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What are probiotics?

Probiotics are live microorganisms (bacteria and yeasts) found in your intestines. Similar probiotics are available in some foods and dietary supplements. Probiotics are sometimes called "good" or "healthy" microorganisms. It is thought that they help maintain a healthy digestive system and limit the growth of "bad" or "unhealthy" bacteria.

Why do people take probiotics?

The use of probiotics relate to digestive health. Although some probiotics have shown promise in research studies, strong scientific evidence to support specific uses of probiotics for health conditions is lacking. There is evidence that probiotics may be helpful in preventing diarrhea caused by infections and antibiotics, and in improving symptoms of irritable bowel syndrome. However, the U.S. Food and Drug Administration (FDA) has not approved any probiotics for preventing or treating any health problem.

Are probiotics safe?

Probiotics are similar to the "good" or "healthy" microorganisms already living in your digestive system. Medical studies have not shown probiotics to be harmful to healthy people. However, people who are very ill and people who have a compromised immune system should be cautious about eating or drinking probiotic products, or taking supplements.

Common side effects might include gas and bloating. While these are typically mild and temporary, more serious side effects include allergic reactions to the probiotics or ingredients in the food or supplement.

You should talk to your family doctor before you start taking probiotics or any type of dietary supplement. He or she can tell you if a probiotic supplement or other form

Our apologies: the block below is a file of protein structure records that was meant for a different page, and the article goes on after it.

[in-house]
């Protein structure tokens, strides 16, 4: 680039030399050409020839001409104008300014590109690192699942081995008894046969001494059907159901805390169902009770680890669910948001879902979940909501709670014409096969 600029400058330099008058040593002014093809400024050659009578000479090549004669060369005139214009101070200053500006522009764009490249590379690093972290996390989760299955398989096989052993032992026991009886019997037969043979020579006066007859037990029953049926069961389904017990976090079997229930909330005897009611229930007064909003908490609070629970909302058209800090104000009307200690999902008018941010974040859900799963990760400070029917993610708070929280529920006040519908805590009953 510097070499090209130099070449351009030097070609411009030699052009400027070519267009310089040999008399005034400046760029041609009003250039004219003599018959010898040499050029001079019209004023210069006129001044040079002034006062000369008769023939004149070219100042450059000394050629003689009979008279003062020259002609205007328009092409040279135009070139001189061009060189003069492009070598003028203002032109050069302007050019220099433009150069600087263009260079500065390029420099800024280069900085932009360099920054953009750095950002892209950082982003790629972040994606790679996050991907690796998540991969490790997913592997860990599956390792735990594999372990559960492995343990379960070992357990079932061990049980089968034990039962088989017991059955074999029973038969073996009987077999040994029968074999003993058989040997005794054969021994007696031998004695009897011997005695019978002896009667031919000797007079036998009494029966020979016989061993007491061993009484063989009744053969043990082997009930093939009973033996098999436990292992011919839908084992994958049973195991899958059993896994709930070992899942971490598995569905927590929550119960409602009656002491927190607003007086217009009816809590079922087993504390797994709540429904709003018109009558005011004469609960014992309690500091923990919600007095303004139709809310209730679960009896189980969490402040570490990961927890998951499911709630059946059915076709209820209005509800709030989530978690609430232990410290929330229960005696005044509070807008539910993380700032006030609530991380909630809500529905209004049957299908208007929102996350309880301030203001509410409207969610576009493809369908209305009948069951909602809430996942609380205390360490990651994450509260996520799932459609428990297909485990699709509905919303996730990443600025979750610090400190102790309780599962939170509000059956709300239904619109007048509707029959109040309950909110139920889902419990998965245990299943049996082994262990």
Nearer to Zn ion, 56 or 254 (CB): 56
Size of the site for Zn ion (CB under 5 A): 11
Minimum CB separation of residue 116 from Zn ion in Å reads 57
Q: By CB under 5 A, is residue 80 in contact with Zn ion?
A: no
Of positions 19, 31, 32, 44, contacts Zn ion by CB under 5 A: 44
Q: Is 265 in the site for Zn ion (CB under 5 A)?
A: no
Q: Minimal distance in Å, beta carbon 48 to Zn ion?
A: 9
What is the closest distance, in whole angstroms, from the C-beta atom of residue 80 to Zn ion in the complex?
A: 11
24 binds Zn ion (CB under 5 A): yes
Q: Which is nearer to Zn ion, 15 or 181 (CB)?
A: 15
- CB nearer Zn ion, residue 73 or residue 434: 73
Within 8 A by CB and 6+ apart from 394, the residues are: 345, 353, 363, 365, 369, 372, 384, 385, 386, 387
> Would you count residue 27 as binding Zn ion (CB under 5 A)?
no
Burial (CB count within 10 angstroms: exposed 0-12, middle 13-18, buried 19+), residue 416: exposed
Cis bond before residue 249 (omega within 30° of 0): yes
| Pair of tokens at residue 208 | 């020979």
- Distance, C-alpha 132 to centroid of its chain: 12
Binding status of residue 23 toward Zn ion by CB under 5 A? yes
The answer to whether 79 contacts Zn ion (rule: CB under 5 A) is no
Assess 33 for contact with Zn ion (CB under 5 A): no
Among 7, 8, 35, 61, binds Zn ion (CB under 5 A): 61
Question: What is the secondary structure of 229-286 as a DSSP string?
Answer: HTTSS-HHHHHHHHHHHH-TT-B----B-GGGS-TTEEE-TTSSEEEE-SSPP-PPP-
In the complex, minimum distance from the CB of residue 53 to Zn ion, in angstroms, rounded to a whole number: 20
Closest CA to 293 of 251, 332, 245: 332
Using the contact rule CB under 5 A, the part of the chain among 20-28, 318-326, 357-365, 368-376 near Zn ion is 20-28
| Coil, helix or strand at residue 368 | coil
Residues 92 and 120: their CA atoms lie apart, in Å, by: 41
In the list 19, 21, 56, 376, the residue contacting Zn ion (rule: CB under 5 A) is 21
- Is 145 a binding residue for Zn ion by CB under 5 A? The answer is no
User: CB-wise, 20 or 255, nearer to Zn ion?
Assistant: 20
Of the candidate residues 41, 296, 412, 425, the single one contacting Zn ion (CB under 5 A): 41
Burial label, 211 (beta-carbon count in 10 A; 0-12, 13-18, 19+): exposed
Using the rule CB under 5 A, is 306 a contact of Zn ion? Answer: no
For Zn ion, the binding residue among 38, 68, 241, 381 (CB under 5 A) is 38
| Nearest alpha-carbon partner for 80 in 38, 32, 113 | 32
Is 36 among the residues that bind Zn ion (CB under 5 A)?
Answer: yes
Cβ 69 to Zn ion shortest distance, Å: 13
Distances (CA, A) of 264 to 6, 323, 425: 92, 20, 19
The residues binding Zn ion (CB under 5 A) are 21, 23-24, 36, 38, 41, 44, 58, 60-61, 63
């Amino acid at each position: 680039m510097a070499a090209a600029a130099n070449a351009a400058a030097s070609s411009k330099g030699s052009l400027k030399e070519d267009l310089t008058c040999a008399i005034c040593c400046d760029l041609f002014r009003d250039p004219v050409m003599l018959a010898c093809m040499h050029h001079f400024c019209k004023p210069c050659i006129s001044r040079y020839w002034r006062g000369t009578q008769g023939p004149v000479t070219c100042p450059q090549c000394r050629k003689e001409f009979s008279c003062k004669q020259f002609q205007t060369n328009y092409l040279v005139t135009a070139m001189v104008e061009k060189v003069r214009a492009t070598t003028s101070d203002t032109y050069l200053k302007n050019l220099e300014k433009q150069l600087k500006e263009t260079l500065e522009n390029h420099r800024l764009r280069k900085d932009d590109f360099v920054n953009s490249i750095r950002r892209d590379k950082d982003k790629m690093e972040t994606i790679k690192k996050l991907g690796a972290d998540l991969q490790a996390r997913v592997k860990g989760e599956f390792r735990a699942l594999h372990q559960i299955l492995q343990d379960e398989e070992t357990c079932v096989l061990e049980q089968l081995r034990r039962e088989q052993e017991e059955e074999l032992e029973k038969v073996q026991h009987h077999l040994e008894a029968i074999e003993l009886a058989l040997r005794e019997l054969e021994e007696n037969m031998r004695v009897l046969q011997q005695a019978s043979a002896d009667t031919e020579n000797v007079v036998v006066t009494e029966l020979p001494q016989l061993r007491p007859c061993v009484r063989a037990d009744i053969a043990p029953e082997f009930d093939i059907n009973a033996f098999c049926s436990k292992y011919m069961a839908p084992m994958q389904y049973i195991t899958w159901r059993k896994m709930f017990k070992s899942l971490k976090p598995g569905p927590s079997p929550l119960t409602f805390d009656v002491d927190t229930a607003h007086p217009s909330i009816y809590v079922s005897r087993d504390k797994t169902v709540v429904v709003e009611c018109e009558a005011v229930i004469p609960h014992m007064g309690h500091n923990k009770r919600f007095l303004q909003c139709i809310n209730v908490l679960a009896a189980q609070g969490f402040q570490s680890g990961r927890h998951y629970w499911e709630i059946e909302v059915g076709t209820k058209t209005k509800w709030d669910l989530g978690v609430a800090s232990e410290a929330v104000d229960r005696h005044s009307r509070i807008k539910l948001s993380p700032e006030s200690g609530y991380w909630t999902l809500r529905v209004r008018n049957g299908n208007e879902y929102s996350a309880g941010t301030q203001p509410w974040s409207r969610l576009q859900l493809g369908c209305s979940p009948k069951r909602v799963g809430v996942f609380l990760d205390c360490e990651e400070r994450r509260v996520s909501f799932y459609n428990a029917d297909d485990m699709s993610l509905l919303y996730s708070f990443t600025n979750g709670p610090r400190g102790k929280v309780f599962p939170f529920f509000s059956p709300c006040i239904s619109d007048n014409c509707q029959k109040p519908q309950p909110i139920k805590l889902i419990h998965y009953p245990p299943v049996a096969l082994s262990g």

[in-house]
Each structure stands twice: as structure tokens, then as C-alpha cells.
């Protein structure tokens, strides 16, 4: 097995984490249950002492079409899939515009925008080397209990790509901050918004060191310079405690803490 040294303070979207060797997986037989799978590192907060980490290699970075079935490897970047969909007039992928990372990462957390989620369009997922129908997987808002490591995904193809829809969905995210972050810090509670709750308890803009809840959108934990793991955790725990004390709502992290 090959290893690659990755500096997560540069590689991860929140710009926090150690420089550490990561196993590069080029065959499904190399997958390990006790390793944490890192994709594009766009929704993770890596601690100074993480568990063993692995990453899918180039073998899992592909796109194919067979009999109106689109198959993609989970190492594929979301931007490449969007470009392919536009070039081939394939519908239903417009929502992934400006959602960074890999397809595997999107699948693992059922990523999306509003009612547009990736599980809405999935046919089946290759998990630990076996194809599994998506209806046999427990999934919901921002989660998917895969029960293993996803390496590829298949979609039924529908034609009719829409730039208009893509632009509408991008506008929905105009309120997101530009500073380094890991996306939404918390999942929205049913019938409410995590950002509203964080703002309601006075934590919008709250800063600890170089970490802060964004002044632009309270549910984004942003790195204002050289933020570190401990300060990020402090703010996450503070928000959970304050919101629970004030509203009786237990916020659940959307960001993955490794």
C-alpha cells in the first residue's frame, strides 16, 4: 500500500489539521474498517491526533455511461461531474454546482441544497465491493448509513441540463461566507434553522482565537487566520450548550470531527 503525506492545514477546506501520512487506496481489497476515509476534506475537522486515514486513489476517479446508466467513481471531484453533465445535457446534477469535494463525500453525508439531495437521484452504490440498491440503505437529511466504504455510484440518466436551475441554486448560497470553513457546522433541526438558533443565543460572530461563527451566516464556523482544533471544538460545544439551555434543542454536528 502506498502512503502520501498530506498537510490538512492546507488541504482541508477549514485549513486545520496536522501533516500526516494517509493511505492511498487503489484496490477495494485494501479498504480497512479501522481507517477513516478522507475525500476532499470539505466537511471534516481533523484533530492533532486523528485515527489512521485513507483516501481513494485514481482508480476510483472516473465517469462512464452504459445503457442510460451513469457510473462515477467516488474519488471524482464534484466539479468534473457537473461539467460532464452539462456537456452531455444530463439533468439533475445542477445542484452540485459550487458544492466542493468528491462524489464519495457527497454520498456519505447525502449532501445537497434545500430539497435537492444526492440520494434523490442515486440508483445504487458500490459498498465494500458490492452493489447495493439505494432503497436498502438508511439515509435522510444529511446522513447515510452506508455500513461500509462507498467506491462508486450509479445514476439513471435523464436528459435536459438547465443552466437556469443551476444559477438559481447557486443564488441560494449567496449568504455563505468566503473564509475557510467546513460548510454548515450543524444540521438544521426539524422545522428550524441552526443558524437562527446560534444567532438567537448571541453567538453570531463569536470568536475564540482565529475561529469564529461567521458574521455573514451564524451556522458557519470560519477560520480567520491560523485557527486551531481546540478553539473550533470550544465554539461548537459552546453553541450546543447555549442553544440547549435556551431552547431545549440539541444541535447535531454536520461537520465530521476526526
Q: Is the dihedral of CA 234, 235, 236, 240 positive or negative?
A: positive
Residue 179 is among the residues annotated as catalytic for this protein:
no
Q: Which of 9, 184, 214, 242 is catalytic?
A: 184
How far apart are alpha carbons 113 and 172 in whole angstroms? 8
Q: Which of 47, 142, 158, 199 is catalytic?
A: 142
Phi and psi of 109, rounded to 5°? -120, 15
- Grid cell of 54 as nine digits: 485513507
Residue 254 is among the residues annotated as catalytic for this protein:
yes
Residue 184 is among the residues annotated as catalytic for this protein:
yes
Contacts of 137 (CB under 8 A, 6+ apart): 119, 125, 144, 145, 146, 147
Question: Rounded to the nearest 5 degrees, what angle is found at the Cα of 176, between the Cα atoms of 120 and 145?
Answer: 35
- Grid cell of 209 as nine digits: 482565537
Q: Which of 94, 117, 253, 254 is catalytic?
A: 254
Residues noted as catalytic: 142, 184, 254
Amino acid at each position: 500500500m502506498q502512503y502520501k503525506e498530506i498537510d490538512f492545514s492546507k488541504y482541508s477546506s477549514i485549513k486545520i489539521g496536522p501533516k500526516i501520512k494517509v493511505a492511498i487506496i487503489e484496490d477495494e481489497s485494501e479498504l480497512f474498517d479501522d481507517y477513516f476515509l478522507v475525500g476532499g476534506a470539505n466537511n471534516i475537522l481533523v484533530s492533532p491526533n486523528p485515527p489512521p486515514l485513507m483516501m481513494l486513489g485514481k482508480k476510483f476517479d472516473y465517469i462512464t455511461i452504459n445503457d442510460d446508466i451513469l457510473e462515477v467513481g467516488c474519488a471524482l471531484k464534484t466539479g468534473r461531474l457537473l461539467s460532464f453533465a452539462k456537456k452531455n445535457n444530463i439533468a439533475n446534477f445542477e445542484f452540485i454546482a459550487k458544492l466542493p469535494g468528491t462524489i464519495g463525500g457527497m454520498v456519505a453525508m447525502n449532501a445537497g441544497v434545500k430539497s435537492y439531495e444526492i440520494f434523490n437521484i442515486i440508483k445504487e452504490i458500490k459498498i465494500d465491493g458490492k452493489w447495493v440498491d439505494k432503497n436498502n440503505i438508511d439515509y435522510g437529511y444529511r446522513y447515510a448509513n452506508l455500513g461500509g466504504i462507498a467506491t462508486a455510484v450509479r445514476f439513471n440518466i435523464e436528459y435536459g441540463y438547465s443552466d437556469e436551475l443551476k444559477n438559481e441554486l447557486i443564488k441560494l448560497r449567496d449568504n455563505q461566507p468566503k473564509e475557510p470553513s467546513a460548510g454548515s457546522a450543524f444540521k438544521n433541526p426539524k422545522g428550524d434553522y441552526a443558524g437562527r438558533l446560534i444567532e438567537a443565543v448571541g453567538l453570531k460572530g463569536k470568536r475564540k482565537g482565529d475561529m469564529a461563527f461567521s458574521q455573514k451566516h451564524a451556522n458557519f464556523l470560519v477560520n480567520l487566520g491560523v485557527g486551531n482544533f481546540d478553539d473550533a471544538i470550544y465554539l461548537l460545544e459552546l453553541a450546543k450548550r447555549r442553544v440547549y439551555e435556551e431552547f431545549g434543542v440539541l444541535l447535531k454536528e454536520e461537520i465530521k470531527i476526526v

will affect any medical conditions you have. He or she also needs to know about any prescription or over-the-counter (OTC) medicines, or other dietary supplements you are taking.

How are probiotics available?

Foods and drinks that contain probiotics include the following:

Look for labels that identify "live active cultures" or that include the full name of the bacteria on the nutritional label. There are many different types, or strains, of probiotics available. Most of these are of the Lactobacillus and Bifdobacterium variety. For example, Lactobacillus acidophilus is a type of probiotic that can be found in yogurt and soy products.

Probiotics are also available as dietary supplements in capsules, tablets, powders, and liquids. One commonly used supplement is acidophilus.

  • Soy drinks

  • Yogurt

  • Acidophilus milk (regular milk enriched with a healthy strain of bacteria)

  • Buttermilk

  • Some soft cheeses (for example, Gouda)

  • Miso (fermented soybean paste)

  • Tempeh (fermented soybean cake)

  • Kefir (drink made from fermented cow’s milk)

  • Kimchi (spicy fermented vegetables)

  • Unpasteurized sauerkraut

This content was updated with general underwriting support from NatureMade®. Funding and support for this material have been provided by the Consumer Healthcare Products Association.


What are prebiotics?

Prebiotics are nondigestable ingredients that help healthy bacteria grow in the digestive system. They act as fuel for the probiotics. Prebiotics are found in foods like soybeans, asparagus, and bananas. The term "synbiotics" refers to products that combine probiotics and prebiotics. They are typically found in supplements.


  • American Gastroenterological Association. Probiotics. Accessed 08/20/15

  • Cleveland Clinic. Probiotics. Accessed 08/12/15

  • National Center for Complementary and Integrative Health. Probiotics. Accessed 08/12/15